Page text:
Category: "mathematics"

Another explanation of what physics is with a little different perspective

November 22nd, 2016
Another explanation of what physics is with a little different perspective

Speaking of physics, people say, “It’s too hard to learn.”; “I don’t understand anything."; or "This is the theory that forms the basis of all technologies." They are right, but it does not seem that most people grasp what physics really is.

 A long time ago, my friend said to me, “Mathematics makes sense to me, but it doesn’t make sense when it comes to physics, though they look similar ..." I was interested to notice that what other people think about physics is different from what we, physicists, think.

 So I hope I can explain about physics with a slightly different perspective for this article.

 There is a difference between mathematics and physics. A mathematical theory is a world created by mathematicians with very precise logic. On the other hand, for physics, nature or universe is the world and physicists try to explain how it works.

 In other words, physicists construct a predictable theory using any means, such as experiments and mathematics, so we can understand how things move in nature. In that sense, it is impossible to completely prove the theory of physics, unlike mathematics.

 However, physics is certainly an extremely robust empirical theory because many researchers have challenged it with many aspects, and physics still survives.

 Most people who feel that physics is difficult don’t see the sense of "following nature's choice", I guess.

 Also, some of people who study literature said, “The curriculum of physics is the same for the freshman, the sophomore, the junior, and senior. Don’t the students learn any new things in each year?”

 This is the fact that the physics students have to learn the same subjects repeatedly even in the graduate school, such as, mechanics, electromagnetism, thermal and statistical mechanics, and quantum mechanics. But the contents for each year are obviously different.

 Basic principles and equations are of course the same, but as each grade progresses, we have to deal with more complicated problems. If it gets complicated, the students have to learn more advanced mathematics and the abstract concepts. Therefore, it is hard for students to master the specific subject in one or two years.

 Although it is true for other natural sciences and mathematics, physics requires accurate processes as important as the accurate final result. This is because if the conditions change, it will give us a completely different answer. But there is also other reason.

 The process or the way of solving is also an invention of a very important tool for physics.

 Some people say, "If you get the same answer anyway, you can use any method you like." However, by using a different method, we can check various things. In addition, we might solve other problem settings we could not even attempt before.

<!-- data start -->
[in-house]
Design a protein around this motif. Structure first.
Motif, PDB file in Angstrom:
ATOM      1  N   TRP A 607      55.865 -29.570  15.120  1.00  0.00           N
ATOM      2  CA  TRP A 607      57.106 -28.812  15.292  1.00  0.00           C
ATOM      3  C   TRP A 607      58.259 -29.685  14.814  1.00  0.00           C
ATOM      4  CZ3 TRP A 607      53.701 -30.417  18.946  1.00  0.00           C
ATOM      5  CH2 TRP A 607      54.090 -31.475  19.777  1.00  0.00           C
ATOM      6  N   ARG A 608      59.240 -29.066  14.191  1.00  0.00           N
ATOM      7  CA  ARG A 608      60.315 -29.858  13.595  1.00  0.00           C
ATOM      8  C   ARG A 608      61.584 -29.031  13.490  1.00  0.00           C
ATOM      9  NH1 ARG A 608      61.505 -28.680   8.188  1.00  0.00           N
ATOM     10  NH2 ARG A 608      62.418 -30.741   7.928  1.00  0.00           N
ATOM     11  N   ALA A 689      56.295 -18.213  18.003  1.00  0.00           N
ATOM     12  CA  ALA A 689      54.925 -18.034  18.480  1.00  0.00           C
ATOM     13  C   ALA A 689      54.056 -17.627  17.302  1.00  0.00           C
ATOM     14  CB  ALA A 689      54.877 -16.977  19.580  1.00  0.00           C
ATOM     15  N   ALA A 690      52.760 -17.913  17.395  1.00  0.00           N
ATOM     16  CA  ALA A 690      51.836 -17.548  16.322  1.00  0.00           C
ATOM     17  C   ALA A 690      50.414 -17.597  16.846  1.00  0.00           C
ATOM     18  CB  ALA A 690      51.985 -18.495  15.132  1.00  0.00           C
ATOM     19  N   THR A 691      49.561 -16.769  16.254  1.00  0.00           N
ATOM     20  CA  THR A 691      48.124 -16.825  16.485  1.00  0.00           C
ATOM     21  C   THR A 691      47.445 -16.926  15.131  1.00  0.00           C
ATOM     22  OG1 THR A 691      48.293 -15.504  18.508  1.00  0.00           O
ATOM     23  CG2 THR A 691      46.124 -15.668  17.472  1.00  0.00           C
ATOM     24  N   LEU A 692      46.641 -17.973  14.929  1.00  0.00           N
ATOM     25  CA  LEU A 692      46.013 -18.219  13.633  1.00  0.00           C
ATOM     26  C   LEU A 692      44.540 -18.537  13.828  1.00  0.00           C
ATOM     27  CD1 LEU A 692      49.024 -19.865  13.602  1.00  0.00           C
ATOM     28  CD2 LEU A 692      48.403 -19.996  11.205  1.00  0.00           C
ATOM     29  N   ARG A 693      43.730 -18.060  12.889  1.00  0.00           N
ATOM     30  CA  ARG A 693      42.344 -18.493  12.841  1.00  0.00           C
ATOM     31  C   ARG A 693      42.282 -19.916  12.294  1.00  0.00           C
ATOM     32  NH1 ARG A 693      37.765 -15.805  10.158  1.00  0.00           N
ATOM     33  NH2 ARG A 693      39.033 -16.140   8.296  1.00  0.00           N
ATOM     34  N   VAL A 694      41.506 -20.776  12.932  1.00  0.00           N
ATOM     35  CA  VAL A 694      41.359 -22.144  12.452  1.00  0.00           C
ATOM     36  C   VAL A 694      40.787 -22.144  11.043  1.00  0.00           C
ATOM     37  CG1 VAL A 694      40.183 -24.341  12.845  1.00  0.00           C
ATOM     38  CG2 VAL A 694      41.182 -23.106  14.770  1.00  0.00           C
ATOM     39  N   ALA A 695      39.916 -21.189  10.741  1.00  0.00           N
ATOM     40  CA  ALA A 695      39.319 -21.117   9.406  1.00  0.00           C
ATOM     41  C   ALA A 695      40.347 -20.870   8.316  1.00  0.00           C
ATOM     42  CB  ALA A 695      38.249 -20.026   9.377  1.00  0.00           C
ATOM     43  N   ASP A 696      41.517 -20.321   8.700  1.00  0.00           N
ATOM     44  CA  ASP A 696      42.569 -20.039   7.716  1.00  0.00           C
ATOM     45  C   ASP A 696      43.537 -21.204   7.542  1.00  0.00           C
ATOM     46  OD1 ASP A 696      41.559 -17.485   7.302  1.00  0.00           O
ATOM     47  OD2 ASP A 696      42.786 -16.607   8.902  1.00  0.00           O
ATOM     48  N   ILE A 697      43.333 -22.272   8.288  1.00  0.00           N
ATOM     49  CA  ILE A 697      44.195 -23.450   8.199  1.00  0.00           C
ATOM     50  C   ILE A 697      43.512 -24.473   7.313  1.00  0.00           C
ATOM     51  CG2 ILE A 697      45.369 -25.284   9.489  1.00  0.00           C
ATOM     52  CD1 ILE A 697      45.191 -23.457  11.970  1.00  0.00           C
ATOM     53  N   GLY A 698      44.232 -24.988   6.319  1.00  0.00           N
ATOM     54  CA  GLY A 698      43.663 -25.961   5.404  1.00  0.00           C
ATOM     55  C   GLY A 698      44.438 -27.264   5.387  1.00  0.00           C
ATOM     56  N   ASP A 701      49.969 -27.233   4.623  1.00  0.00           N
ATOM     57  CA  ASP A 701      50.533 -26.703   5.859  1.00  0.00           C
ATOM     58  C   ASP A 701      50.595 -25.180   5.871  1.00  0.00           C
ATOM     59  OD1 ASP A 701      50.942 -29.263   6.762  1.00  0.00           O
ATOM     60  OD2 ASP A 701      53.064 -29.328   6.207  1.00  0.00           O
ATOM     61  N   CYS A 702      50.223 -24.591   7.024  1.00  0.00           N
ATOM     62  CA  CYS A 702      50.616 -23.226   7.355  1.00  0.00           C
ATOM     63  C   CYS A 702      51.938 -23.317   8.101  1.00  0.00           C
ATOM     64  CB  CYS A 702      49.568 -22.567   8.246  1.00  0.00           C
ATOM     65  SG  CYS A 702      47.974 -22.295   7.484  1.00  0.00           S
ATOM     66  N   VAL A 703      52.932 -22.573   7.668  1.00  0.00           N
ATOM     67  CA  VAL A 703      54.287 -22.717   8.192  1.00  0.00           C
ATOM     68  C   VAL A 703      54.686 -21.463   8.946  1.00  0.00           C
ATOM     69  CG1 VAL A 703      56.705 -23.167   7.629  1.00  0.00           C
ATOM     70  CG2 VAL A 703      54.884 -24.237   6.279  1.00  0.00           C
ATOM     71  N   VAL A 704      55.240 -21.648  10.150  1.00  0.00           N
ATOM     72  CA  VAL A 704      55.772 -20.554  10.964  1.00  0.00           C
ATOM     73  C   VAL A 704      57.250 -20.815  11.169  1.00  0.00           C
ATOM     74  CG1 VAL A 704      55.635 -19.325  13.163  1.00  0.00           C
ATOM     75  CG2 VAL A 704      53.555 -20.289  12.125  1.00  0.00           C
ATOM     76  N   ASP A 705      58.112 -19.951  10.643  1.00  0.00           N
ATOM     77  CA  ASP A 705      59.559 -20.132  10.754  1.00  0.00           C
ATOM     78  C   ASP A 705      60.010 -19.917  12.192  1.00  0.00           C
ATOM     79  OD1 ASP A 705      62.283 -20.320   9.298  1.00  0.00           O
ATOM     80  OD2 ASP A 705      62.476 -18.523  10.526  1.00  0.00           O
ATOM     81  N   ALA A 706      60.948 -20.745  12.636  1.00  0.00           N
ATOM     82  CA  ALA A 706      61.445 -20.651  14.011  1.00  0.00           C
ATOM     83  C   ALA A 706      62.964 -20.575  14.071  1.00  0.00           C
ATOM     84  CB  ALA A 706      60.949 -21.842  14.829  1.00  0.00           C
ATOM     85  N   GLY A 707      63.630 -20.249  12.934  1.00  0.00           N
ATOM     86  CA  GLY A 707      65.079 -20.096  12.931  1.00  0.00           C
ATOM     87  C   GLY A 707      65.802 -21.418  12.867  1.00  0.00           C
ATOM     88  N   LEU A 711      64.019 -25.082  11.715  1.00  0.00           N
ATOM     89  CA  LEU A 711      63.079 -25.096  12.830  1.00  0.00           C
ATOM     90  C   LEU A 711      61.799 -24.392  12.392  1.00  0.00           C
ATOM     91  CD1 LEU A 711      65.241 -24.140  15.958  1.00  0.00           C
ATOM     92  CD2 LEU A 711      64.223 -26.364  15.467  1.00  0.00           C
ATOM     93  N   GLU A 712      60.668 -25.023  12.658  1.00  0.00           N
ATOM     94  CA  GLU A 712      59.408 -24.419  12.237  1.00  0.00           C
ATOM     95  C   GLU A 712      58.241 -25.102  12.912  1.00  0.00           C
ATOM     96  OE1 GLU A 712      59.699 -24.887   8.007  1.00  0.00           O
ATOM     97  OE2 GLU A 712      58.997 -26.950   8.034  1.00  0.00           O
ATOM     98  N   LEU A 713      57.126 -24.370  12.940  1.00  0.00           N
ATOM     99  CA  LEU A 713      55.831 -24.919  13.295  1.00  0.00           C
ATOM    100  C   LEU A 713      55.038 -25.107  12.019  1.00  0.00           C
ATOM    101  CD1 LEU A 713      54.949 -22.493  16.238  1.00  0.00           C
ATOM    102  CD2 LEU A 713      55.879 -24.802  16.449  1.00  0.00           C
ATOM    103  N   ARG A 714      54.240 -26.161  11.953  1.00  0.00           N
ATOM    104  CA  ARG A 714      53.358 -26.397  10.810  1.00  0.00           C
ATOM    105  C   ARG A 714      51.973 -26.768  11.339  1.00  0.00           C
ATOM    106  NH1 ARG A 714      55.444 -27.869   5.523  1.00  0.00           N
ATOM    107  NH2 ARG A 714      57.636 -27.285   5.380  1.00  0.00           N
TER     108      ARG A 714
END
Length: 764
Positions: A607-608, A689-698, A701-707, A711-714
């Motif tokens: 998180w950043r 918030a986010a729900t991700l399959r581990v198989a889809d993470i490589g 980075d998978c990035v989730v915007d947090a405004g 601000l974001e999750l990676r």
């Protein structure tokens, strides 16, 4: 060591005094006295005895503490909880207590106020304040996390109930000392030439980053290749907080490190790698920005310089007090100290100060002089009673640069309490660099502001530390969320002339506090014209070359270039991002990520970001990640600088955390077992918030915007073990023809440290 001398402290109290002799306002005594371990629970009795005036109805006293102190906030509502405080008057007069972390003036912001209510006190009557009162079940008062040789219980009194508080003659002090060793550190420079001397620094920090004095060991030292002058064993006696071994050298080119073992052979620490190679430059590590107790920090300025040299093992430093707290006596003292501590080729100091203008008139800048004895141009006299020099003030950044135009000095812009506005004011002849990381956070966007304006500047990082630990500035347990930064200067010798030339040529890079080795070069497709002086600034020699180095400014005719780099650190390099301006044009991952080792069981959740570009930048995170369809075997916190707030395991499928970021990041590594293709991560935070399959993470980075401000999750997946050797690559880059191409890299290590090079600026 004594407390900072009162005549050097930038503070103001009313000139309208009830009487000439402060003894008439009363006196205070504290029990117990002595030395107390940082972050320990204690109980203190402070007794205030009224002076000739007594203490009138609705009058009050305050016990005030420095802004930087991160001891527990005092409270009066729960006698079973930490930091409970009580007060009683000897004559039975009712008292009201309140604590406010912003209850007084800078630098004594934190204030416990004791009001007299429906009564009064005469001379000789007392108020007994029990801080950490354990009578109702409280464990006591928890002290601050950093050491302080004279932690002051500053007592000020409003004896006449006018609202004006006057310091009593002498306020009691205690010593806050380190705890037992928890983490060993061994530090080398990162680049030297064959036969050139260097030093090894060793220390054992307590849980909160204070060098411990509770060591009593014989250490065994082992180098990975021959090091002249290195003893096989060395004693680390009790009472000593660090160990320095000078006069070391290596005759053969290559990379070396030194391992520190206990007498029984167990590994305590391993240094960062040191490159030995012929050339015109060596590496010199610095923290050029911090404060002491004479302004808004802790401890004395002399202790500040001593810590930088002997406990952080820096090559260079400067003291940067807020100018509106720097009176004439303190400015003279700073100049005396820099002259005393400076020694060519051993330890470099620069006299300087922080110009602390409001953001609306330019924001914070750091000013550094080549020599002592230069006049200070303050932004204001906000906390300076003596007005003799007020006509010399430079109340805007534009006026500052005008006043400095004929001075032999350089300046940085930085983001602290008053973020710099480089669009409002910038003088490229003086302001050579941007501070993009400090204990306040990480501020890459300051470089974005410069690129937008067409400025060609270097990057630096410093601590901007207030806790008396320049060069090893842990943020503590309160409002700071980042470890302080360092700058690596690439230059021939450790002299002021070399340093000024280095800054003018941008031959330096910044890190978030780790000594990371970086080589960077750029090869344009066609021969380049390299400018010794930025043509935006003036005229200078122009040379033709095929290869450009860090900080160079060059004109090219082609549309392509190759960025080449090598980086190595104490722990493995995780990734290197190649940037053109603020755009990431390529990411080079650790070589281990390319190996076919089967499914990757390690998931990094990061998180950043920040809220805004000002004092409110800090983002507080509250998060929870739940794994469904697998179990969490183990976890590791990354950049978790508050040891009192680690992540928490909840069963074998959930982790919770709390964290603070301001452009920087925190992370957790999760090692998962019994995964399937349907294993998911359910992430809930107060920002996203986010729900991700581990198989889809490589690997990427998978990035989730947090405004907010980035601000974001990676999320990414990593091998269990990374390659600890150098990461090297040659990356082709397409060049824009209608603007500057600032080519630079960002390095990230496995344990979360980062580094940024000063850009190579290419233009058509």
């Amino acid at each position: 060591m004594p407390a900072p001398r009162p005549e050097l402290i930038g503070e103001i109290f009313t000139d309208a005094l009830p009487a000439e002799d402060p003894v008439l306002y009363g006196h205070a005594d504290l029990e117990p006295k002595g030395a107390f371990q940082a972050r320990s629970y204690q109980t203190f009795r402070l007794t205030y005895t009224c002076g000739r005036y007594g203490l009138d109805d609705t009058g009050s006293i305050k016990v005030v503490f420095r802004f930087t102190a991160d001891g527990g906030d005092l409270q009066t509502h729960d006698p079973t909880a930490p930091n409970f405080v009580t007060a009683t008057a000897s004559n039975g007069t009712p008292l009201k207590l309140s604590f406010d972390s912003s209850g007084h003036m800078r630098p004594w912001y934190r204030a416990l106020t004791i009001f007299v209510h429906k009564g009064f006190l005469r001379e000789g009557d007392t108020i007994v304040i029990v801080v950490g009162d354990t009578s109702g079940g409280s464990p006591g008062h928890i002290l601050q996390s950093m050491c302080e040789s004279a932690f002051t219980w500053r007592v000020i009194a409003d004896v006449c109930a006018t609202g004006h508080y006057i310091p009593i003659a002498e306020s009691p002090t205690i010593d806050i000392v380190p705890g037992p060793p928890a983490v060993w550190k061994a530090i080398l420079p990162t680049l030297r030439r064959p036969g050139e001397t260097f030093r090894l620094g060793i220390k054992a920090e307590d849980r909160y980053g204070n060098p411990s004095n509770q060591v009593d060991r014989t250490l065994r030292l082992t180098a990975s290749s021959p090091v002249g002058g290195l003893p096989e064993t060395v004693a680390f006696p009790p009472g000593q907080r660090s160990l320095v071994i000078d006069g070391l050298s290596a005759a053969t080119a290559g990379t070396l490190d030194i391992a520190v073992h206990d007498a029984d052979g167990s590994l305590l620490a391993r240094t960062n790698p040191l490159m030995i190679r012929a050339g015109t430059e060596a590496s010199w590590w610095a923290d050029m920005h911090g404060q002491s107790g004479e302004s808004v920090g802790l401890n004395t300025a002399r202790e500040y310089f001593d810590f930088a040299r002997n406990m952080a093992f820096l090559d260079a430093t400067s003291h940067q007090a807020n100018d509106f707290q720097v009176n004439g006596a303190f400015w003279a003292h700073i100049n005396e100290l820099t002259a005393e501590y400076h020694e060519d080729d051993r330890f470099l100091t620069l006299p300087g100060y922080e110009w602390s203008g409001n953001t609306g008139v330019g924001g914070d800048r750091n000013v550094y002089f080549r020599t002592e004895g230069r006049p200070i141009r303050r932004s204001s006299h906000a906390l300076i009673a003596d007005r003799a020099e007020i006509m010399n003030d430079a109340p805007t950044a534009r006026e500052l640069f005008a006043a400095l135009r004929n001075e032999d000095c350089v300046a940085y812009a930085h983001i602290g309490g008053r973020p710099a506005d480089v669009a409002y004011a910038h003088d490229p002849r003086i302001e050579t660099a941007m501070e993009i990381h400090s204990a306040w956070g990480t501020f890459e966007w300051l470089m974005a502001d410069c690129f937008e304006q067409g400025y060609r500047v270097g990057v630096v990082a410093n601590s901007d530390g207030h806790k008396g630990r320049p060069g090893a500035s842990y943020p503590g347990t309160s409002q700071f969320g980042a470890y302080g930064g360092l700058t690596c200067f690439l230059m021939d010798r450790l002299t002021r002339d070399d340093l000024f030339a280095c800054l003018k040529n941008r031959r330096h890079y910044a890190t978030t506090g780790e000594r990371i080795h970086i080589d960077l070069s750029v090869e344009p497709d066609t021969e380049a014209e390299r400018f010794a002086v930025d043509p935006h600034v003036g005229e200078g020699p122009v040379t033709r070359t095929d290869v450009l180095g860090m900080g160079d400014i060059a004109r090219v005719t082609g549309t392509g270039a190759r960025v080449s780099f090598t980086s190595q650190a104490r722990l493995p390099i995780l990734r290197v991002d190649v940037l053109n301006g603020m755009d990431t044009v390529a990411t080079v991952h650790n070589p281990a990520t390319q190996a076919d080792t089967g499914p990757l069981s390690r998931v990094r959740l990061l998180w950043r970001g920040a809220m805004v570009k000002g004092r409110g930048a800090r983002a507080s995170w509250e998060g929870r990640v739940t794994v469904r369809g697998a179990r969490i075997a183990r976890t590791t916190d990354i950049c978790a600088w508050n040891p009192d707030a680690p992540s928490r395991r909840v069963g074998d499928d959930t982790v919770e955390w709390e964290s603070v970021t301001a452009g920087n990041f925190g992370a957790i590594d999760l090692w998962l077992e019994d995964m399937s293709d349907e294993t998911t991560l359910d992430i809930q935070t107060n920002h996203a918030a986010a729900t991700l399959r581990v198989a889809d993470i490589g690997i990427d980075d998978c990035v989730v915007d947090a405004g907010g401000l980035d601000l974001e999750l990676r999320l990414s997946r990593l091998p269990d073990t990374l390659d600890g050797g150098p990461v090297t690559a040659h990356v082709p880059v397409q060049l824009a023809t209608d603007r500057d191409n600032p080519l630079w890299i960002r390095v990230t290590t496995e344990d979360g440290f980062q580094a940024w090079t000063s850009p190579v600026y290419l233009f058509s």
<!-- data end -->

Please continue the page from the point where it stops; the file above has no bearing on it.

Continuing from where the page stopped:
Hope you would appreciate the role of physics, natural sciences and mathematics, which each discovery or invention is very important and influential to the entire theory.

 

Photo credit: Stuck in Customs via Visual Hunt / CC BY-NC-SA

Can the sum of interior angles of a triangle be more than or less than 180 degrees?

September 19th, 2016
Can the sum of interior angles of a triangle be more than or less than 180 degrees?

What is the sum of the interior angles of a triangle? Most of people would answer 180 degrees, but physicists and mathematicians want to point out something with the question and answer. 

Normally, if you draw a triangle on a paper, then the sum of three angles must be 180 degrees. 

This is not an accurate description, but the geometry on a flat plane is called the Euclidean geometry. For instance, “parallel lines do not intersect" is one of the statements included in this geometry.

Now, what will happen if it is not on a flat plane? Namely, if you draw a figure on a curved surface, you may encounter some results which are not our commonsense. Such geometry is known as a non-Euclidean geometry. 

A typical example is a sphere. So let's imagine drawing a figure on the surface of the Earth. For humans’ point of view, it looks a flat plane on the Earth. However, it is a sphere macroscopically. 

Let's start with the North Pole A in the figure. Draw a line straight down to the equator. Then, change the direction at the intersection B with a right angle. Keep drawing a straight line along with the equator. The distance should be one forth of the circumference of the circle made with the equator until point C. Finally, change the direction with a right angle, and draw a straight line toward the North Pole as shown in the figure. 

You can see a large triangle on the Earth; then, look at each angle. The angles of B and C are 90 degrees, respectively. In this example, the angle A is also 90 degrees.

Therefore, the sum of the interior angles of the triangle becomes 270 degrees. In other words, the sum of the interior angles of a triangle in non-Euclidean geometry is not necessarily equal to 180 degrees. 

In fact, this geometry is used for Einstein's theory of general relativity. The mass of stars deforms the space, and light goes on the curved surface. Thus, you have to take the above discussion into account to describe such mechanism. 

Simply put, the general theory of relativity reinterprets the dynamics as the strength of gravity equivalent with the curvature of space. 

Speaking of relativity, it still sounds like a scientific fiction. However, the Global Positioning System (GPS) is an application of the theories of relativity, and GPS could not be made without such modern theories of physics.